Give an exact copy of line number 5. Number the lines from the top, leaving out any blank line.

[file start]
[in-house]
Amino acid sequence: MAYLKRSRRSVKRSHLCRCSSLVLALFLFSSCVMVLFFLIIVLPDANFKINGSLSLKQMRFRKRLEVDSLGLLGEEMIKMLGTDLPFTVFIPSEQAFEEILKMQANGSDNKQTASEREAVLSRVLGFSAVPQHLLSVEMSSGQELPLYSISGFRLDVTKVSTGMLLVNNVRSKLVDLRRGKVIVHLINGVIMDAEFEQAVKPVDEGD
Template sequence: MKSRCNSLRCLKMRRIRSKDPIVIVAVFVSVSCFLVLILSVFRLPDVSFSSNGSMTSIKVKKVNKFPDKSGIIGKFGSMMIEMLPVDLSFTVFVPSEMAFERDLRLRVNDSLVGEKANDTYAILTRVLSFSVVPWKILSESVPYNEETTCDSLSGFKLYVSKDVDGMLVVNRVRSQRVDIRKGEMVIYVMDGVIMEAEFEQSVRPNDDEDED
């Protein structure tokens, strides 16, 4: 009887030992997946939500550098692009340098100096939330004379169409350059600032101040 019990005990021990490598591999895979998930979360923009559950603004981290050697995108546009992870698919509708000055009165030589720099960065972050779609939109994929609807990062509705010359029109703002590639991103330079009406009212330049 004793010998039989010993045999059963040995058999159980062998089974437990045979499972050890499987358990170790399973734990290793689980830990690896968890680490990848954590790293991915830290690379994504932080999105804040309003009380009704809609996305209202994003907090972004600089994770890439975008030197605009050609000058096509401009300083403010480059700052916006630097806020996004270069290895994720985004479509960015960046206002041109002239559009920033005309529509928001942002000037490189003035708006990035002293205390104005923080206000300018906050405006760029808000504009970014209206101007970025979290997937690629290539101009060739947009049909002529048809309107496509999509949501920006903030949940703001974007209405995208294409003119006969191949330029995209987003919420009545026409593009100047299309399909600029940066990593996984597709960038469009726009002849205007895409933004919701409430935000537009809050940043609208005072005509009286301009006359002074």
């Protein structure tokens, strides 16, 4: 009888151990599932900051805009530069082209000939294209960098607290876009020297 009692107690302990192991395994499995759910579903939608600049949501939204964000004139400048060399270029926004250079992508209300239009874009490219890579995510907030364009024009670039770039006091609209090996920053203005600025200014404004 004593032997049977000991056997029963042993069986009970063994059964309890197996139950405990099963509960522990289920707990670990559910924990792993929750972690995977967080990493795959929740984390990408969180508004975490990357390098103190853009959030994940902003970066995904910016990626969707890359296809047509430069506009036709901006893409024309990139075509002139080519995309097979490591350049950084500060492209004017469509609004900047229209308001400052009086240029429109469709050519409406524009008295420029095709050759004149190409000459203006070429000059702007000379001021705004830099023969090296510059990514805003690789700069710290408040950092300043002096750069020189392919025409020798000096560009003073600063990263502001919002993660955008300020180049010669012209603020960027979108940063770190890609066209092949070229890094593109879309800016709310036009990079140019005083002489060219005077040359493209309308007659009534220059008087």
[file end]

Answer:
């Protein structure tokens, strides 16, 4: 009888151990599932900051805009530069082209000939294209960098607290876009020297 009692107690302990192991395994499995759910579903939608600049949501939204964000004139400048060399270029926004250079992508209300239009874009490219890579995510907030364009024009670039770039006091609209090996920053203005600025200014404004 004593032997049977000991056997029963042993069986009970063994059964309890197996139950405990099963509960522990289920707990670990559910924990792993929750972690995977967080990493795959929740984390990408969180508004975490990357390098103190853009959030994940902003970066995904910016990626969707890359296809047509430069506009036709901006893409024309990139075509002139080519995309097979490591350049950084500060492209004017469509609004900047229209308001400052009086240029429109469709050519409406524009008295420029095709050759004149190409000459203006070429000059702007000379001021705004830099023969090296510059990514805003690789700069710290408040950092300043002096750069020189392919025409020798000096560009003073600063990263502001919002993660955008300020180049010669012209603020960027979108940063770190890609066209092949070229890094593109879309800016709310036009990079140019005083002489060219005077040359493209309308007659009534220059008087």